After a bit of a hiatus, I decided to go back to therapy. I’m a big fan of therapy— I’ve been going on and off since I was nine. And I’ve had all sorts of therapists— fantastic ones who literally saved my life and brought me back from the brink of trauma, teaching me coping mechanisms and giving me amazing support; and others who used my therapy sessions as way to help their “nephew” or whomever break into the business. Yes, you read that right.
One great thing about not being a stranger to therapy is knowing when it’s time to go back. After having a year that has consisted of getting hit by a truck, my Grandmother dying, my dog dying (and feeling stalled creatively, having my marriage suffer, and trying to balance being a working mom), it felt like it was time. And fortunately I found an amazing therapist who I immediately connected with, who also happens to take my insurance and is walking distance to my house.
Part of the reason I want to be open about my experience with therapy is there’s still a little bit of a stigma about going. Not to toot my own horn, but people constantly tell me how amazing I am. And I admit balancing multiple jobs, projects, and, well… life is very hard and I’m actually doing it. No easy feat. But, I often feel overwhelmed and may not cope in the best of ways. When I find myself resorting to unhealthy habits or endlessly worrying to the point of obsession and sleepless nights, I know I need some extra support.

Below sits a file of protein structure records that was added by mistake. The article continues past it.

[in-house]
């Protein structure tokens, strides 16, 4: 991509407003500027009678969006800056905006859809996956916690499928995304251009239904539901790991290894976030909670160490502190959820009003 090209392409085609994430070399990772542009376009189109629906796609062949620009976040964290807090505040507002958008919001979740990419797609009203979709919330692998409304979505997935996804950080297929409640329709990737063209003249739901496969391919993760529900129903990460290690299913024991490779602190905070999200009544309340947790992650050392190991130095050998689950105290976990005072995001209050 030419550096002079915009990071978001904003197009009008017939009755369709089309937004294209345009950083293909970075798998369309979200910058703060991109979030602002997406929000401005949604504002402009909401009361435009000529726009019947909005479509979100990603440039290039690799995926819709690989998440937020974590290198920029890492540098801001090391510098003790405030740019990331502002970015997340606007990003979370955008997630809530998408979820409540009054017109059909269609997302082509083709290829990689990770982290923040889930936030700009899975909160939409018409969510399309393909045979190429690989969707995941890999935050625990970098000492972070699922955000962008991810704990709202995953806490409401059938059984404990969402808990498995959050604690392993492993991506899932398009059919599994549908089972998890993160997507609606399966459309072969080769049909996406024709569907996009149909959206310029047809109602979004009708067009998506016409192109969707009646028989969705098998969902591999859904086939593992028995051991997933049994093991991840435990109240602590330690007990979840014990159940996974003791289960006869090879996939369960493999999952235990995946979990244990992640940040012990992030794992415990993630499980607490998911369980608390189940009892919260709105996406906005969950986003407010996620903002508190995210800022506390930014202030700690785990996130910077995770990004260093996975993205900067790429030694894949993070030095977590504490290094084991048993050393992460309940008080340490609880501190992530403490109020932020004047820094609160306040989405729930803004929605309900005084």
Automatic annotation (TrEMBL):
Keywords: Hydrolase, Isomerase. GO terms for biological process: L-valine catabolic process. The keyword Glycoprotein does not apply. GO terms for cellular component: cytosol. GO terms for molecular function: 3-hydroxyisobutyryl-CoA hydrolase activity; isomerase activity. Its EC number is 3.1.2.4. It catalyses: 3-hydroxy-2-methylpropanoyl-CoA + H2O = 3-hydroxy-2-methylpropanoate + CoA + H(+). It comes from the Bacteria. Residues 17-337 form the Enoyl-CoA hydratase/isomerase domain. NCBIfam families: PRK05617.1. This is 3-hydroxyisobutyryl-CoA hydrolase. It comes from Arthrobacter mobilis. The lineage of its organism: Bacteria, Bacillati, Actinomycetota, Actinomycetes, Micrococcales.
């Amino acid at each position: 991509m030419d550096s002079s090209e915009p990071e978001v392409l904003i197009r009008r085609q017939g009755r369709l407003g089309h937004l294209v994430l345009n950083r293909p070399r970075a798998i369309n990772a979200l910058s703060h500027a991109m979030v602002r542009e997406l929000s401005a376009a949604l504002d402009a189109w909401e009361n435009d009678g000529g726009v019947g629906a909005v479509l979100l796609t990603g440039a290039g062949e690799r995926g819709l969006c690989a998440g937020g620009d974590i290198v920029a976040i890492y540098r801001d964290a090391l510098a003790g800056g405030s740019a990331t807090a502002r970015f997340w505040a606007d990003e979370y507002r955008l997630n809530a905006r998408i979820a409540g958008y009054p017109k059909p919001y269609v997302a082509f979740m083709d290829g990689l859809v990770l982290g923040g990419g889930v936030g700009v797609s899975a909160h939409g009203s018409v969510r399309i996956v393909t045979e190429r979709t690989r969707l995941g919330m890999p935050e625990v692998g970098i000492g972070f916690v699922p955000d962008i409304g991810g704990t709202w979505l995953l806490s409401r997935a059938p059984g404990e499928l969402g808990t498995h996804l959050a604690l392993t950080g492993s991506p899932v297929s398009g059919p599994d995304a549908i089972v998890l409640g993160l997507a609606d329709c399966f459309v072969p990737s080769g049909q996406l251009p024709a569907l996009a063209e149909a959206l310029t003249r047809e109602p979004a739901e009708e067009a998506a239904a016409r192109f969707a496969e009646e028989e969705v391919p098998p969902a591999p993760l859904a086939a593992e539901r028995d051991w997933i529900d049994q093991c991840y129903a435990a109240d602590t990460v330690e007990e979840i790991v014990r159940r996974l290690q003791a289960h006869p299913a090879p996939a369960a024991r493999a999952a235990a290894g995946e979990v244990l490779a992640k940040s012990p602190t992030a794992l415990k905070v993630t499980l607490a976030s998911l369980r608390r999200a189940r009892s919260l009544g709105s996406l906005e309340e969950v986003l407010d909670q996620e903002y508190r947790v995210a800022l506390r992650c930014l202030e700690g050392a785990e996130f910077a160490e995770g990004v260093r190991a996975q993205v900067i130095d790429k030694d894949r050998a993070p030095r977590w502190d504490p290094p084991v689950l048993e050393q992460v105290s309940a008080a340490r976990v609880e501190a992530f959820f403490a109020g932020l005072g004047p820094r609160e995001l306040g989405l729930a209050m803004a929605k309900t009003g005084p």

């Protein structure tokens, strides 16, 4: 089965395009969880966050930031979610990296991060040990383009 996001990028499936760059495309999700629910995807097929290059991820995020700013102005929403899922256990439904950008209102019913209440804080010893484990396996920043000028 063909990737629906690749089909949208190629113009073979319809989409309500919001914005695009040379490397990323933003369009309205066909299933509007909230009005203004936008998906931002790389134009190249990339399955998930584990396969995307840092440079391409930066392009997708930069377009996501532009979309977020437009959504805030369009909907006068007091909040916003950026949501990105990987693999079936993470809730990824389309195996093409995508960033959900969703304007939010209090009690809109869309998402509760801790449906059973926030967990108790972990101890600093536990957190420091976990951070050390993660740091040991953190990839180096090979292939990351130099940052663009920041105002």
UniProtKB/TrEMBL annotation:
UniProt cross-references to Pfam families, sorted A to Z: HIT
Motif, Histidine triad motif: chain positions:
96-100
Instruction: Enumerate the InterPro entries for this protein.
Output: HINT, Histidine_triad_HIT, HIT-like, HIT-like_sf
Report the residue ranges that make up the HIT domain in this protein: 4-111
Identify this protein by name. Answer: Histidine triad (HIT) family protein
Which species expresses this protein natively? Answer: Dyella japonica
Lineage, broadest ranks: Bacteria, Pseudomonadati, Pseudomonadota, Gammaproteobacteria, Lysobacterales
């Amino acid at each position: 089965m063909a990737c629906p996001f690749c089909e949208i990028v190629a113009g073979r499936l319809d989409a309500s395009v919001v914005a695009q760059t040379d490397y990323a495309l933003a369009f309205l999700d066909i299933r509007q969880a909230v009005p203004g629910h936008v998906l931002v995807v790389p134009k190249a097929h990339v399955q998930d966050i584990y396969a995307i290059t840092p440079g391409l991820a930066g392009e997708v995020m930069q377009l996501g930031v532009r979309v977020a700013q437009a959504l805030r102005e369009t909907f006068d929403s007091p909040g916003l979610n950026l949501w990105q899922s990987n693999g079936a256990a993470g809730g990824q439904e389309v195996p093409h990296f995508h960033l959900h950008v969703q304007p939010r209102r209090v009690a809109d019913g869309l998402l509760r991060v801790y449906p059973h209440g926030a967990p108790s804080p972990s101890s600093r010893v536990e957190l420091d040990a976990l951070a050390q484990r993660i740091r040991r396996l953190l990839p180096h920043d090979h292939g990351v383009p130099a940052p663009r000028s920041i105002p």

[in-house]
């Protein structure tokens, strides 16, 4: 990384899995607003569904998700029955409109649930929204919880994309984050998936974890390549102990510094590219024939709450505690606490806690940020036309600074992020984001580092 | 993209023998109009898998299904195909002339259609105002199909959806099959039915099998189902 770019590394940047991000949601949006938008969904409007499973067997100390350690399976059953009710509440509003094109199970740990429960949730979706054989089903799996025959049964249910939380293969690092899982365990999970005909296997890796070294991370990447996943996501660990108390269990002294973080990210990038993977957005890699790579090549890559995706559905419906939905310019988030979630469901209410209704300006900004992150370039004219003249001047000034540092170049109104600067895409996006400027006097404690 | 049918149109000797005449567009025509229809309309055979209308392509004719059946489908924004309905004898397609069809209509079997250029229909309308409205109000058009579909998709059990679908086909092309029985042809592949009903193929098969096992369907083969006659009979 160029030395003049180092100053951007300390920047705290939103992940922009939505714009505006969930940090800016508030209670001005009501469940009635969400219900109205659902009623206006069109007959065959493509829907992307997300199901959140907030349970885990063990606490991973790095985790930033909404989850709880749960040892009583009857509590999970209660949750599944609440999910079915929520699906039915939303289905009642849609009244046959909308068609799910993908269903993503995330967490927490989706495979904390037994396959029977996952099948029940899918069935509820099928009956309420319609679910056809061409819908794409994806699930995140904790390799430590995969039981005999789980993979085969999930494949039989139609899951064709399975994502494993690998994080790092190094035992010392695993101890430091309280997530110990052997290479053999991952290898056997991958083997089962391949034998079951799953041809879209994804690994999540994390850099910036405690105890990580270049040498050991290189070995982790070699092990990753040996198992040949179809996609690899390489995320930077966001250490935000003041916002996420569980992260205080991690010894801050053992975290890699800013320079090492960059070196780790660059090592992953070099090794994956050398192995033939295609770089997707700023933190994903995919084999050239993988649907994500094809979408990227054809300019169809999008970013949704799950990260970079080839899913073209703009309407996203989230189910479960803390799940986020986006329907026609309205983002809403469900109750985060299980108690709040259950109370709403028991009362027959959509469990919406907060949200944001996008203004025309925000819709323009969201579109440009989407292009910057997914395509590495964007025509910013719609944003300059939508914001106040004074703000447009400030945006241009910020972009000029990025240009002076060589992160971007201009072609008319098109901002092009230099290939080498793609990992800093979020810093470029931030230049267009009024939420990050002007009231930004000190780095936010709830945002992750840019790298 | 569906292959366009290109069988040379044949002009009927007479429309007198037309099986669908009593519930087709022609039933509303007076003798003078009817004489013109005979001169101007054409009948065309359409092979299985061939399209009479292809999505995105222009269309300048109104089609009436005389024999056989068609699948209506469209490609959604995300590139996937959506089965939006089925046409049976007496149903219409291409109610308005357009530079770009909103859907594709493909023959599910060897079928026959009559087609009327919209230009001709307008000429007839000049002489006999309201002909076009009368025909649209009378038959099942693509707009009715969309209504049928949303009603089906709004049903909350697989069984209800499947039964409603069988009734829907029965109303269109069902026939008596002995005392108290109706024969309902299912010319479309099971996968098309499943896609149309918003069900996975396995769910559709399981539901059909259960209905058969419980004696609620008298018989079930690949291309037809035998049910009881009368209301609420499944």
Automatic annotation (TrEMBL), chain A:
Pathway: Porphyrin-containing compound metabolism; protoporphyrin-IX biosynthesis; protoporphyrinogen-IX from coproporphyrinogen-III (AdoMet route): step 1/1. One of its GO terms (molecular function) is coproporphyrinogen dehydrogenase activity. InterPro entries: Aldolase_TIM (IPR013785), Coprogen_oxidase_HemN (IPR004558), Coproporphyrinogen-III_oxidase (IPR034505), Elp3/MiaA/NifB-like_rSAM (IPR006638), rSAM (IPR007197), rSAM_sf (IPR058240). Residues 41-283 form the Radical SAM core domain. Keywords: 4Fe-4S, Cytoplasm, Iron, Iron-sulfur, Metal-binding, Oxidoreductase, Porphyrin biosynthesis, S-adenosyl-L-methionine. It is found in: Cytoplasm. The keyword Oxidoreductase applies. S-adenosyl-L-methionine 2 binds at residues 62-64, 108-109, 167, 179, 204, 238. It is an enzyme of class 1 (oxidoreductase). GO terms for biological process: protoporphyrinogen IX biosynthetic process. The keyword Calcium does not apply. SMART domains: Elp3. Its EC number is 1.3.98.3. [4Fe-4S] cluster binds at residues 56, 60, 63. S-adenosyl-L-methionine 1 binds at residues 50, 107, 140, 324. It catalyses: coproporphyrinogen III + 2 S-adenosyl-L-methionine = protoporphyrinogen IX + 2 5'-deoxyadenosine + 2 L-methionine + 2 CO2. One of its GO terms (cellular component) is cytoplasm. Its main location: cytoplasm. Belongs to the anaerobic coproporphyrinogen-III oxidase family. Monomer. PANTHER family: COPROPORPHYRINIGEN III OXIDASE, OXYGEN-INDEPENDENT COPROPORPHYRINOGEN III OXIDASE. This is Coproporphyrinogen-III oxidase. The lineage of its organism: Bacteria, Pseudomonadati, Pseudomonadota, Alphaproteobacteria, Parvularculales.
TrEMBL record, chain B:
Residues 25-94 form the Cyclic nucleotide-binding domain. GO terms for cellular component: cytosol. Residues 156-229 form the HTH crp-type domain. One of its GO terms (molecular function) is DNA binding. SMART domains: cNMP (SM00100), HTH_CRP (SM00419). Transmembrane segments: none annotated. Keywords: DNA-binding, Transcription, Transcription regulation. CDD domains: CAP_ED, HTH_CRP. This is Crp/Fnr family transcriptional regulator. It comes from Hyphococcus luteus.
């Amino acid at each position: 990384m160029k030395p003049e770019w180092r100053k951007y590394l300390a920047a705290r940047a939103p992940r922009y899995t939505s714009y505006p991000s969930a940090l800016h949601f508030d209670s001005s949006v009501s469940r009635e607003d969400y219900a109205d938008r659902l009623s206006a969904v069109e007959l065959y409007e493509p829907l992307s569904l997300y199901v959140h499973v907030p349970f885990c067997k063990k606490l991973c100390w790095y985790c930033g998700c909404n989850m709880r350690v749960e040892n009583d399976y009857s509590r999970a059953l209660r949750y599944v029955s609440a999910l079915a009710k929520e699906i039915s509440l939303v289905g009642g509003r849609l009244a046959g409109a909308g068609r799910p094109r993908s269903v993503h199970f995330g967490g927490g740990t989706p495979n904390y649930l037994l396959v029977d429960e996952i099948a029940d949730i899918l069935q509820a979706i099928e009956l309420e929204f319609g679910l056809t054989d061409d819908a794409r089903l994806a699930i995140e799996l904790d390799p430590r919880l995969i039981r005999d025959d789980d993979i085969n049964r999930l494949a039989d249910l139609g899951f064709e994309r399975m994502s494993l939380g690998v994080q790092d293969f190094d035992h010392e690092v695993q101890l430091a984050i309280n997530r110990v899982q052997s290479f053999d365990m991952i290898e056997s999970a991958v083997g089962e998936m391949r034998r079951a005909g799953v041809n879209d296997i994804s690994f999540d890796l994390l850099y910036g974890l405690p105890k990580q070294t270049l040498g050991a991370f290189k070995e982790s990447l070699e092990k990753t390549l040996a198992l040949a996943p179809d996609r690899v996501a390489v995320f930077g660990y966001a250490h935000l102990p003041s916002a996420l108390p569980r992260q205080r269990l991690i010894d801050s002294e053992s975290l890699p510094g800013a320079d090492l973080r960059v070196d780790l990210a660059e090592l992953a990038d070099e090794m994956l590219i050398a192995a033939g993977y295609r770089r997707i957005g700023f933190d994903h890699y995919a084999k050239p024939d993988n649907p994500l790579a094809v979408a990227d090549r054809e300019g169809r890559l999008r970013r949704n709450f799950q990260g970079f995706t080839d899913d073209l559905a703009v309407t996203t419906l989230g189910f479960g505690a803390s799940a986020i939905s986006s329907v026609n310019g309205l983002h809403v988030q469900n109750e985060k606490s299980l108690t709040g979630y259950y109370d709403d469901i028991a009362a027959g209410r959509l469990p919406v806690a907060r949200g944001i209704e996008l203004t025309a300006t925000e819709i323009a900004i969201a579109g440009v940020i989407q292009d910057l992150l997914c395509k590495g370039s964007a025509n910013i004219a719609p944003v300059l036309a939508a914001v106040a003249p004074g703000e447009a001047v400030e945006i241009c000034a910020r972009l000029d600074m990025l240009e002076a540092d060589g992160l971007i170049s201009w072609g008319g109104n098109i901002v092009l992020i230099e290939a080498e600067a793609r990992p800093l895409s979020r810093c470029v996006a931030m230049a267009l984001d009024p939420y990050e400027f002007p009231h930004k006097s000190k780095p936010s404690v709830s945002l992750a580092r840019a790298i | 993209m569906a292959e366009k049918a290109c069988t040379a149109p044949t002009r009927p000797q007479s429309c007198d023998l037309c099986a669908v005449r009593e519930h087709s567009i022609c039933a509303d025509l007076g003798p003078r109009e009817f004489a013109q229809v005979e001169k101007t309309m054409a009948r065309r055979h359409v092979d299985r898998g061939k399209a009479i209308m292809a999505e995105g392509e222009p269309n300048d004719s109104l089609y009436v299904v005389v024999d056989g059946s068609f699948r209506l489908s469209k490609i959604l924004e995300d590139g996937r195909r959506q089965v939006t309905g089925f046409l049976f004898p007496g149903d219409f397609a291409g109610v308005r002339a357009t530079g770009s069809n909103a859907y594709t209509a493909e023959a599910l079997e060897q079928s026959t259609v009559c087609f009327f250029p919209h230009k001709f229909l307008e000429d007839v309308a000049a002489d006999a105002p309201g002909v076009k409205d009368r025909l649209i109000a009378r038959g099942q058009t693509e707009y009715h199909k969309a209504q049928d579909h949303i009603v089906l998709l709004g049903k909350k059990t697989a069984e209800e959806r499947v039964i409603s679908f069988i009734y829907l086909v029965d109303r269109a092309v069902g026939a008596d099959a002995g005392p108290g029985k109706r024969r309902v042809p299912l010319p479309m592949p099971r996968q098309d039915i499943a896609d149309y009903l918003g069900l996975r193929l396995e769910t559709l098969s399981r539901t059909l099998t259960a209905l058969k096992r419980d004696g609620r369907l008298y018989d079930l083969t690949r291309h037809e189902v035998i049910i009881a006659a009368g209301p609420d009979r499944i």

For me personally, it’s been immensely valuable to have an objective 3rd party normalize things for me since I tend to give people the benefit of the doubt or excuse behavior. I have a hard time advocating for myself since times I have in the past, it’s blown up in my face. And I’m more concerned about people thinking less of me than putting my own needs and interests above that fear.
I’ve also gotten pretty good about self-care and self-soothing techniques over the years, but I recently realized that in times of stress, my relationships (especially my marriage) tends to take a backseat. Relationships, just like a career and parenting take fostering and work. Even if things may not be my fault, I can’t expect to ignore a problem and hope it’ll work out eventually. I need to be active in how I handle things. Therapy provides excellent tools for that.
Already in the weeks since I’ve been back in therapy, I started writing for me again and cutting back on vices that seemed to be overtaking my life. I still have a lot of work to do— namely on learning not to take things personally career-wise, and trying to balance being a mom with a woman with her own needs and desires. But, I’ll get there. Humans are forever a work-in-progress until we take our dying breath. All we can do is try to be better and make peace with the parts of ourselves that aren’t perfect.